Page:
WASHINGTON — Foreign ministers of 34 Western Hemisphere nations grappled Monday with a resolution that would settle a two-week crisis between Colombia and Ecuador over a cross-border military raid.
The meeting at the Organization of American States is likely to endorse the recommendations contained in a report by a five-member commission that investigated the March 1 incident, diplomats say.
But OAS negotiators struggled with the specifics, including whether Colombia should be condemned for violating Ecuador's sovereignty, as Ecuador is demanding.
After hours of backroom negotiations, OAS Secretary General José Miguel Insulza told foreign ministers that ''about half a dozen'' issues were still unresolved and that talks would continue into the night. A deadline to resume the public session at 7:30 p.m. came and went.
The military incursion prompted Ecuador and Venezuela to break diplomatic ties with Colombia.
Venezuela has since reestablished diplomatic ties with Colombia, while Ecuador says it wants the OAS first to condemn the raid, something diplomats say is unlikely to occur as most nations urge both countries to focus on forward-looking solutions to the border problems, according to diplomats familiar with the talks.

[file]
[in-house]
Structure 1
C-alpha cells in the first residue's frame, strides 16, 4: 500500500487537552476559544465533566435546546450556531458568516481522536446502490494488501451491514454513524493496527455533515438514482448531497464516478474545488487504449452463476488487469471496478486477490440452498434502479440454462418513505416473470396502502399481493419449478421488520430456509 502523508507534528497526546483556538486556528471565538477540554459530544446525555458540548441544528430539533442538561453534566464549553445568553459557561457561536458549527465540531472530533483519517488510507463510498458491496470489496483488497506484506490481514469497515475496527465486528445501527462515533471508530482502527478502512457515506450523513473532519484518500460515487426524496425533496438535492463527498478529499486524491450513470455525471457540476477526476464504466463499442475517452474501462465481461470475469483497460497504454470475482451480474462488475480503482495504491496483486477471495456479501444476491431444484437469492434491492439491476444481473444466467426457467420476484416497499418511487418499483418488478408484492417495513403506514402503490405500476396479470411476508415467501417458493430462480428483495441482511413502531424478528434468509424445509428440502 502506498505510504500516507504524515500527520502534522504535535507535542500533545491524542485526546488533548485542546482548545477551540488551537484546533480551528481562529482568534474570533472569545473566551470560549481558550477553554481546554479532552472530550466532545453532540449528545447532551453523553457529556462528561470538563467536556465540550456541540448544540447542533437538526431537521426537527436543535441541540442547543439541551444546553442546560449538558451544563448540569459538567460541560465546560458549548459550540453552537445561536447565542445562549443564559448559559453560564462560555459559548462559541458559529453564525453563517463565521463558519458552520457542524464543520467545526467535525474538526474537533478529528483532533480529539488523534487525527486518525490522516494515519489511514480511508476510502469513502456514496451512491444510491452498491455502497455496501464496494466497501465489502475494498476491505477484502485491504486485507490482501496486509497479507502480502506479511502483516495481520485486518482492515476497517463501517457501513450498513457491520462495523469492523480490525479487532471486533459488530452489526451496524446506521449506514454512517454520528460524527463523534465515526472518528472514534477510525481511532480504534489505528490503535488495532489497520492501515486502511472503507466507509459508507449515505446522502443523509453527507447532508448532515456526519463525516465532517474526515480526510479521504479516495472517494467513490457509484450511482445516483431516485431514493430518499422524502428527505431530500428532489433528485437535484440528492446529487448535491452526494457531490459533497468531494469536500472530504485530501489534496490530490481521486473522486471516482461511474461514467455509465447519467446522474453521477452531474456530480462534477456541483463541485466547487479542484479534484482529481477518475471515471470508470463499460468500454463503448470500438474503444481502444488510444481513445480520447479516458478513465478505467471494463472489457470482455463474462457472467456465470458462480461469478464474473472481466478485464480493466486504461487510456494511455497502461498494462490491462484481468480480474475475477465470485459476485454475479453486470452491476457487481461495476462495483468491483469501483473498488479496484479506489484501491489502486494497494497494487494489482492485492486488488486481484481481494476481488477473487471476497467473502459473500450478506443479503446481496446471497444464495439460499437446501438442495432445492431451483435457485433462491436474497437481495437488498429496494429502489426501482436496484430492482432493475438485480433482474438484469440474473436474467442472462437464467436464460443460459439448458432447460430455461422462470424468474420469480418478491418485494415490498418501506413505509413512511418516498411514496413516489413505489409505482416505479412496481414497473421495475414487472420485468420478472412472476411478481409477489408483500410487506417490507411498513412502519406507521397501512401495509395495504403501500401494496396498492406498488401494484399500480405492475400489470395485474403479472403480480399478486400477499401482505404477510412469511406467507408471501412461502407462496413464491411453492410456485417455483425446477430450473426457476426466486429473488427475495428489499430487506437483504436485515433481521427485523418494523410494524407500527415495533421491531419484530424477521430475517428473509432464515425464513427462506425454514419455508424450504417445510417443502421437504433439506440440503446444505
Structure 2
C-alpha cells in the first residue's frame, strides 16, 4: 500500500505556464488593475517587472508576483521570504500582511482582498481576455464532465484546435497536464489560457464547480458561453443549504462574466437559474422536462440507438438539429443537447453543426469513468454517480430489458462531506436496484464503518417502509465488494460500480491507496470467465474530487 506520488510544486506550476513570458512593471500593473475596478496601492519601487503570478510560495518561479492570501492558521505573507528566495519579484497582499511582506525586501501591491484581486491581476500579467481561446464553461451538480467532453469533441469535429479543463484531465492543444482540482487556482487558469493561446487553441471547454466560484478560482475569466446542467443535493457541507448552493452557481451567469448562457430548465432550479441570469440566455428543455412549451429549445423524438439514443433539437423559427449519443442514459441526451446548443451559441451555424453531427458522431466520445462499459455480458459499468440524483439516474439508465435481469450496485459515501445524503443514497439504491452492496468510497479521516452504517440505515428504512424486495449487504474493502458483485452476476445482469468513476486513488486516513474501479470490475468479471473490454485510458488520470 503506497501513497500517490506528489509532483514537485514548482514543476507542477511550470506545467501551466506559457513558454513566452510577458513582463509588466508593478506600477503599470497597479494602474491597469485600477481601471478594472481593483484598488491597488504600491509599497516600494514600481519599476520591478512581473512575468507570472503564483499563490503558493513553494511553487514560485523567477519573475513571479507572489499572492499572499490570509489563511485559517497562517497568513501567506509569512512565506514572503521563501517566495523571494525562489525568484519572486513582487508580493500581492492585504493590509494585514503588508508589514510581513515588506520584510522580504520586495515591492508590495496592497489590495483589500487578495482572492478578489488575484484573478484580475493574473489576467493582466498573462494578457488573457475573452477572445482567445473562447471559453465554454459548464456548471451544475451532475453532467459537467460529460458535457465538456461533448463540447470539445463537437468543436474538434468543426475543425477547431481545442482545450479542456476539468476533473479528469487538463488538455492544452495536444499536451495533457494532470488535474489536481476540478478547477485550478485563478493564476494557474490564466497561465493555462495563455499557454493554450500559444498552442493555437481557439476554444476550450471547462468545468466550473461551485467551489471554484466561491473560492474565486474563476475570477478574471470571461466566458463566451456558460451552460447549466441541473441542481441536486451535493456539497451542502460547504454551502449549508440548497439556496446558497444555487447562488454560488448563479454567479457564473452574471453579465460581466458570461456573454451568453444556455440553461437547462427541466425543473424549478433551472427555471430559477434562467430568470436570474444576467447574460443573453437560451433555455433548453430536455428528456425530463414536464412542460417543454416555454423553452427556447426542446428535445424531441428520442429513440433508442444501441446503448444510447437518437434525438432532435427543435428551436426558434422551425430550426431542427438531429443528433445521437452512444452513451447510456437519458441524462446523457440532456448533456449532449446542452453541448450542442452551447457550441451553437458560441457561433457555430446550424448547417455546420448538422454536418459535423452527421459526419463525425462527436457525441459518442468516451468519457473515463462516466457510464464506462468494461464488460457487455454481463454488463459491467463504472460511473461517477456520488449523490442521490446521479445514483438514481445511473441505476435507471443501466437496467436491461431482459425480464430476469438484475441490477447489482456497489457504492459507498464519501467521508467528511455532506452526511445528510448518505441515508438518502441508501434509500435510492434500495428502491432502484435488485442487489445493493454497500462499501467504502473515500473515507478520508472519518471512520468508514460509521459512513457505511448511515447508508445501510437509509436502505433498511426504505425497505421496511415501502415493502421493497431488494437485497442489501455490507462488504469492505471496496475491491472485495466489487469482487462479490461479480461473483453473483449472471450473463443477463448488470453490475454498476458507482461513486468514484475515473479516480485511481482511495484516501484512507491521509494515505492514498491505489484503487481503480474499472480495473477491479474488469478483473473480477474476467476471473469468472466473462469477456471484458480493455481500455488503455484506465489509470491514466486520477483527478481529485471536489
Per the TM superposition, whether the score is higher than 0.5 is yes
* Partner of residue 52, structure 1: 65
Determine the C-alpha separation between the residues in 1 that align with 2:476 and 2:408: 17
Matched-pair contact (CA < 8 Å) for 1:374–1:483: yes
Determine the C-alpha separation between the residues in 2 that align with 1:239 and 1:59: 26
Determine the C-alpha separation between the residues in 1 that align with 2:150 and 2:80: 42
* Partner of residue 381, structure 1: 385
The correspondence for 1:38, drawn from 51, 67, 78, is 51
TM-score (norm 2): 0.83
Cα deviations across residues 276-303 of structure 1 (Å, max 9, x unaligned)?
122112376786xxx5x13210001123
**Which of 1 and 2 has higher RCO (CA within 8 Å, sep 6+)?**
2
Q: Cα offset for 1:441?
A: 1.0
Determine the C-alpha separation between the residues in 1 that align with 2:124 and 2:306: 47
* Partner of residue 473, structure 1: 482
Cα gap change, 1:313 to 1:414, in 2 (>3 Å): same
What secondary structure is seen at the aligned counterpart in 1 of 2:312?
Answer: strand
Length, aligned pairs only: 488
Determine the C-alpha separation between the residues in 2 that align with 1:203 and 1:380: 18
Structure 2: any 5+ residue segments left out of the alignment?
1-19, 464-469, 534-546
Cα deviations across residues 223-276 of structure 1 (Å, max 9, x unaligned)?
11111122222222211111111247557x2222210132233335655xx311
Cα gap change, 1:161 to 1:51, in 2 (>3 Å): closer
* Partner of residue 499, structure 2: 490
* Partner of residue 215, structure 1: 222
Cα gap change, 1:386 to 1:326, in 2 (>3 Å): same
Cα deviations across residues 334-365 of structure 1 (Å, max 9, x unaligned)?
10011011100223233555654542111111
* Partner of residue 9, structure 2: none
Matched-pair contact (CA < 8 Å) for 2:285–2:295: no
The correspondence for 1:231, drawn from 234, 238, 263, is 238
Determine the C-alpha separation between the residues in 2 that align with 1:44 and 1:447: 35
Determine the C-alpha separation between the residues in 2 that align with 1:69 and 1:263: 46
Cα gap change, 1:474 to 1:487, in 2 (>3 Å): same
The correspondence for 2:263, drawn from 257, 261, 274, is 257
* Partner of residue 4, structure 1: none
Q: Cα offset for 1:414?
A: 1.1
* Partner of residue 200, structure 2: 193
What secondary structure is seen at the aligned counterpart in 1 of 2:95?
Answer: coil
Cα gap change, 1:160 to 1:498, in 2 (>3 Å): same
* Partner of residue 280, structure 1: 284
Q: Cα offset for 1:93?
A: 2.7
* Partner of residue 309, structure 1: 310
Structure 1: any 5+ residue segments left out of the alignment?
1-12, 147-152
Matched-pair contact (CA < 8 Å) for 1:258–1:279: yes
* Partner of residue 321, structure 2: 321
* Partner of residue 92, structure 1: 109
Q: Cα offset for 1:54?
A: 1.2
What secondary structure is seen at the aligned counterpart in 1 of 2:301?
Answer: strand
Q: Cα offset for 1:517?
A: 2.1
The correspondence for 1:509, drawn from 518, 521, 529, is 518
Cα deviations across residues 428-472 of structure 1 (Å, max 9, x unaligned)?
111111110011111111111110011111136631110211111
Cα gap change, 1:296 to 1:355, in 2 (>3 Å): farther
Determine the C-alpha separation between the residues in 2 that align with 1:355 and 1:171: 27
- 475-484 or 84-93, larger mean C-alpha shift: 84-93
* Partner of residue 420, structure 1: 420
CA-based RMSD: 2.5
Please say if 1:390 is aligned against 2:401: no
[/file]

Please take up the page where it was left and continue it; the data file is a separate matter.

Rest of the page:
The OAS commission, headed by Insulza, issued its report on the incident that killed 24 people in a Revolutionary Armed Forces of Colombia, or FARC, camp in Ecuador.
The commission recommended that the two countries restore diplomatic relations and reactivate a ``political consultation mechanism.''
It also recommended follow-up mechanisms to verify commitments on border issues and explore the possibility of a bilateral early warning system.
Colombia complained that Venezuela and Ecuador were not acting against FARC guerrillas that took refuge on their sides of the border. The raid killed Raúl Reyes, the FARC's No. 2 leader, and Colombian security forces seized three computers, three USB-drives and three hard discs.
The evidence suggests Ecuador and Venezuela had closer ties to the FARC than previously believed, including possible financial support by Venezuela to the guerrilla group.
Venezuela foreign minister Nicolás Maduro called the meetings ''an exercise in profound brotherhood'' and that if terrorism cooperation was the issue, then the United States ought to be investigated for its acts.